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Africa's 13% boost in FDI flow: South Africa, Ghana, Ethiopia big winners

Africa's 13% boost in FDI flow: South Africa, Ghana, Ethiopia big winners

Africa

<p>Foreign investment in sub-Saharan Africa rose 13% last year to $32 billion, bucking a global downward trend and reversing two years of decline, according to a United Nations report.</p> <p>Development of new mining and oil projects, a new U.S. development-finance institution and the ratification of an agreement to create a continent-wide free-trade area could further boost foreign direct investment (<span class="caps">FDI</span>) in 2019, it said.</p> <p>Africa stands in sharp contrast to developed economies, which saw <span class="caps">FDI</span> inflows plunge 27% to their lowest level since 2004, the United Nations Conference on Trade and Development wrote in its “World Investment Report”.</p> <p>Some African countries fared better than others, however. The Southern Africa region performed the best, taking in <span class="caps">FDI</span> of nearly $4.2 billion, up from -$925 million in 2017. Foreign investment in South Africa more than doubled to $5.3 billion.</p> <p>President Cyril Ramaphosa, who took office last year pledging to revive the economy, is seeking to attract $100 billion in <span class="caps">FDI</span> to Africa’s most developed economy by 2023.</p> <p>Though much of the South African jump came from intracompany loans, new investments included a $750 million Beijing Automotive Group plant and a $186 million wind farm being built by the Irish company Mainstream Renewable Energy.</p> <p>By contrast, inward <span class="caps">FDI</span> to Nigeria, a major oil producer, plunged 43% to $2 billion. Investors were put off by a dispute between the government and South African telecom giant <span class="caps">MTN</span> over repatriated profits. Banks <span class="caps">HSBC</span> and <span class="caps">UBS</span> both closed representative offices there in 2018.</p> <p>That left Ghana, which is in the midst of an oil and gas boom and saw inflows of $3 billion, as West Africa’s leading destination for foreign investment. Italy’s Eni Group was behind Ghana’s largest greenfield investment project.</p> <p>Ethiopia remained East Africa’s top recipient of <span class="caps">FDI</span> at $3.3 billion, despite an 18% drop compared with the year before.</p> <p>Kenya, Uganda and Tanzania all saw increases in <span class="caps">FDI</span> inflows. Foreign investment in Uganda jumped 67% to a record $1.3 billion, boosted by the oil and gas development of a consortium that includes France’s Total, <span class="caps">CNOOC</span> of China and London-listed Tullow Oil.</p> <p>The creation of the U.S. International Development Finance Corp could help support <span class="caps">FDI</span> inflows this year. A replacement for the Overseas Private Investment Corp, it will be have a budget of $60 million and a mandate to make equity investments.</p> <p>“The ratification of the African Continental Free Trade Area Agreement could also have a positive effect on <span class="caps">FDI</span>, especially in the manufacturing and services sectors,” the report said.</p> <p>The AfCFTA aims to eliminate tariffs between member states, creating a market of 1.2 billion people with a combined <span class="caps">GDP</span> of more than $2.2 trillion.</p> <p><strong><em><span class="caps">REUTERS</span></em></strong></p>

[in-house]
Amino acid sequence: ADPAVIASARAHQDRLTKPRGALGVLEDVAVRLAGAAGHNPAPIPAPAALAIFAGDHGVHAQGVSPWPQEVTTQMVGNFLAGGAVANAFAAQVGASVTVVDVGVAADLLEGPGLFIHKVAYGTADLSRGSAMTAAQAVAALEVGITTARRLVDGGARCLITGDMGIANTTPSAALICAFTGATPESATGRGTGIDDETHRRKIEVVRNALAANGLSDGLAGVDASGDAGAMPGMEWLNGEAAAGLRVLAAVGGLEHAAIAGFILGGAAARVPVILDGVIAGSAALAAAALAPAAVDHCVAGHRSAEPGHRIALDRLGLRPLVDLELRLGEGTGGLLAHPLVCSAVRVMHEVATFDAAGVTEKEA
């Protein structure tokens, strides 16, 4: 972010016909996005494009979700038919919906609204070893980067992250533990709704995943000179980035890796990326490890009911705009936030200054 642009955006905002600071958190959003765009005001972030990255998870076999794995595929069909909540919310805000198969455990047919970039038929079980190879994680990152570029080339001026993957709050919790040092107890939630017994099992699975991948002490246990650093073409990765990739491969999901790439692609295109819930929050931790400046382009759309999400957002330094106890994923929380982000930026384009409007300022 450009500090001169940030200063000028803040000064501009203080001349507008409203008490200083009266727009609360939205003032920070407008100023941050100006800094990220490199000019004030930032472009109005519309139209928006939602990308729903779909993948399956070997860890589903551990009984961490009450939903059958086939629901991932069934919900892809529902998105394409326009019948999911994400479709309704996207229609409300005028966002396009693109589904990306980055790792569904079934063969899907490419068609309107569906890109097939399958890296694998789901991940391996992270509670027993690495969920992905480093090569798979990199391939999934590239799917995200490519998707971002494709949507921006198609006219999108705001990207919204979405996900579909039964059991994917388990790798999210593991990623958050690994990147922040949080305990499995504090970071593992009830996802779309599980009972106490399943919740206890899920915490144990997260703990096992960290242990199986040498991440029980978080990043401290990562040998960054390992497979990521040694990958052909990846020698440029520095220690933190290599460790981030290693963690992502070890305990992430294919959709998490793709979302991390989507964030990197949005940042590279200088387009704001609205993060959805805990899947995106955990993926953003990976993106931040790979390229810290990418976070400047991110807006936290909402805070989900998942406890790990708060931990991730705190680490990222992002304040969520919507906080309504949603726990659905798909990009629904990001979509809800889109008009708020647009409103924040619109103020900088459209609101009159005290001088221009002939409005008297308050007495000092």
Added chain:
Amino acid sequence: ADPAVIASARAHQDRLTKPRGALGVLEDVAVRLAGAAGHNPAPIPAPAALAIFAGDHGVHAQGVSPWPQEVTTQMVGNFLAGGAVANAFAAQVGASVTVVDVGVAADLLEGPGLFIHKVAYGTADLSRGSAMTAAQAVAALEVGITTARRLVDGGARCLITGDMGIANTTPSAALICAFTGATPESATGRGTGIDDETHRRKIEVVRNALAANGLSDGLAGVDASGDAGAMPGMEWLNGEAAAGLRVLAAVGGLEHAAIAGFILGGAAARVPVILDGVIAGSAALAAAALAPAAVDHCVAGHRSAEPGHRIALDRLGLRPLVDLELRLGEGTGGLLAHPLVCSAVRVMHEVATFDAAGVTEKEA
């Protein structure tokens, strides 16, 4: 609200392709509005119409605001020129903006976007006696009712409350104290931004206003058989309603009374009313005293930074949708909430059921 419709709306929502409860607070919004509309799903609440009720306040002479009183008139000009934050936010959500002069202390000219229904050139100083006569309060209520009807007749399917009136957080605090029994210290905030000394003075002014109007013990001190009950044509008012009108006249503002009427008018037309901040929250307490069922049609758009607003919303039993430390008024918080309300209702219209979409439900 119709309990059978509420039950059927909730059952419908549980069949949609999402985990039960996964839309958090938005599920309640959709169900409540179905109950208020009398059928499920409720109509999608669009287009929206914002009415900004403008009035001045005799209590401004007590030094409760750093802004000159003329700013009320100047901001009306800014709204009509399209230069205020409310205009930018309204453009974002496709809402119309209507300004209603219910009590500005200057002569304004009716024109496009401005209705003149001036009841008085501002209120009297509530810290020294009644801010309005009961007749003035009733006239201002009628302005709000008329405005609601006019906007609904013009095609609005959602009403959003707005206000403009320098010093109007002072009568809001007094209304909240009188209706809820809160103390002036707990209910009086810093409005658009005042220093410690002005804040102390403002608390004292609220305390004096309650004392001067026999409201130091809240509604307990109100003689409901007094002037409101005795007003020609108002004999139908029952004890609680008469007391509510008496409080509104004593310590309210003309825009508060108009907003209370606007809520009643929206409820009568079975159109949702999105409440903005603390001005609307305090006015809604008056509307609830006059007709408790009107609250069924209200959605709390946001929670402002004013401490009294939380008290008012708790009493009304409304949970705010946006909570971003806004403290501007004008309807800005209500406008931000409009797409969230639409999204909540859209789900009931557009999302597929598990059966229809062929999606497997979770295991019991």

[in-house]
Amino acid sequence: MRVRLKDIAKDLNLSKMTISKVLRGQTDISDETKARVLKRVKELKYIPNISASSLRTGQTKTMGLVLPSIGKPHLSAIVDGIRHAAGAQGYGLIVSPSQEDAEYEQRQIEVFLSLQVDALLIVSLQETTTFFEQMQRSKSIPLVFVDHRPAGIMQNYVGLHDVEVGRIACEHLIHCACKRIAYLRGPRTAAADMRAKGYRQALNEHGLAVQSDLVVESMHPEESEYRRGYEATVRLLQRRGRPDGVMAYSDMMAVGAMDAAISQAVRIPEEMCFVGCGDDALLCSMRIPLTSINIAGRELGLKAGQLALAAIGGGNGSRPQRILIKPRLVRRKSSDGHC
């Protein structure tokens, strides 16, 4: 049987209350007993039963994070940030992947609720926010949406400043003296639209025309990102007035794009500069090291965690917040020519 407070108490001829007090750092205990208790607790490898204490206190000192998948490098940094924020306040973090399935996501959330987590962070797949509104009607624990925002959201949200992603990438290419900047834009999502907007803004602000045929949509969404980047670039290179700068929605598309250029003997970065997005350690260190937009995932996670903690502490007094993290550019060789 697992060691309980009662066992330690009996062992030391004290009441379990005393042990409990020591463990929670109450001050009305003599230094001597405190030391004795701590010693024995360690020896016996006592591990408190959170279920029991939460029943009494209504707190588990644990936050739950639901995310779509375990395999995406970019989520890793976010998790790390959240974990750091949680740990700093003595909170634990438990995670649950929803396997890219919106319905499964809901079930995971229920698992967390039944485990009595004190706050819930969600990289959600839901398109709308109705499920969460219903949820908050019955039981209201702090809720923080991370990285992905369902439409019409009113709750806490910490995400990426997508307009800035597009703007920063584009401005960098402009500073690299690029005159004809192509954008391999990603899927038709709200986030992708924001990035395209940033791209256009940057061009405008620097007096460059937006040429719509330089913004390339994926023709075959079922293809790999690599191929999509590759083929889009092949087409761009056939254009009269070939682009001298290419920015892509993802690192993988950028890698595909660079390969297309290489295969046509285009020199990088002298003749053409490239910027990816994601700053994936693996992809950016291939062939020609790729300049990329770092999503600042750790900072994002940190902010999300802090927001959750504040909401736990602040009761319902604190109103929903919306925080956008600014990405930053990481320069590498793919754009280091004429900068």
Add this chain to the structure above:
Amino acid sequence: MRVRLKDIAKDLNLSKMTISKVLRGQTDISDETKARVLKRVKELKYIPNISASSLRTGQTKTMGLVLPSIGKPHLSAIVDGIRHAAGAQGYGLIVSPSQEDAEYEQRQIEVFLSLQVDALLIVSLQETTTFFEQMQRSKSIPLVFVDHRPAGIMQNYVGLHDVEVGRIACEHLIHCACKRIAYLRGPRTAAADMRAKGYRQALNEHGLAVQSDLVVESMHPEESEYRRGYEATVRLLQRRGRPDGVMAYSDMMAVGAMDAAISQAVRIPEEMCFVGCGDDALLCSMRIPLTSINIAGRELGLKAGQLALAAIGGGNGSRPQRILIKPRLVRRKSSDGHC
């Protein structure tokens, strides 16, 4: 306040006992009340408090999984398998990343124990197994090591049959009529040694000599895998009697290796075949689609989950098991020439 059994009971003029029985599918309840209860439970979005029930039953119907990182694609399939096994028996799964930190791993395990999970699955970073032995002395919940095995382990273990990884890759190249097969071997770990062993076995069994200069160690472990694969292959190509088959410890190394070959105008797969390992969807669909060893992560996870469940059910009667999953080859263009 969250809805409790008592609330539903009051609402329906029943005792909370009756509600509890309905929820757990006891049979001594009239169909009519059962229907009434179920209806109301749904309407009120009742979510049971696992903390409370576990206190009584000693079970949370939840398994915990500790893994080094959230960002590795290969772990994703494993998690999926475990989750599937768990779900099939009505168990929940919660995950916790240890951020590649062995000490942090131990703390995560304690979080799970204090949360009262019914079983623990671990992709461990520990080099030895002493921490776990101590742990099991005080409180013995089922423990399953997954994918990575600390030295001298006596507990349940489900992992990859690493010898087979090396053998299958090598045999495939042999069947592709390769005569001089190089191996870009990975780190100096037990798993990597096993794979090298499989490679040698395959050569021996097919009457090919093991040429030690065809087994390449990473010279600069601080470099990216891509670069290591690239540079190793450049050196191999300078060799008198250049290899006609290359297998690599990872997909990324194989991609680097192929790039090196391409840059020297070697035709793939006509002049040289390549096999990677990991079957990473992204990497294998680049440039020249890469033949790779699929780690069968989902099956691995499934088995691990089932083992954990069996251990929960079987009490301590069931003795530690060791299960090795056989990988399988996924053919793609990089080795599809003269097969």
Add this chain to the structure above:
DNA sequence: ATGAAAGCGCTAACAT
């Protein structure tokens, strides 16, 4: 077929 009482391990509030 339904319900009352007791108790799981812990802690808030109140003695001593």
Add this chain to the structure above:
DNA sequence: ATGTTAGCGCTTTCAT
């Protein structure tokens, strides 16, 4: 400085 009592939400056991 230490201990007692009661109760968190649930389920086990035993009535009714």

The ratification of the African Continental Free Trade Area Agreement could also have a positive effect on FDI, especially in the manufacturing and services sectors.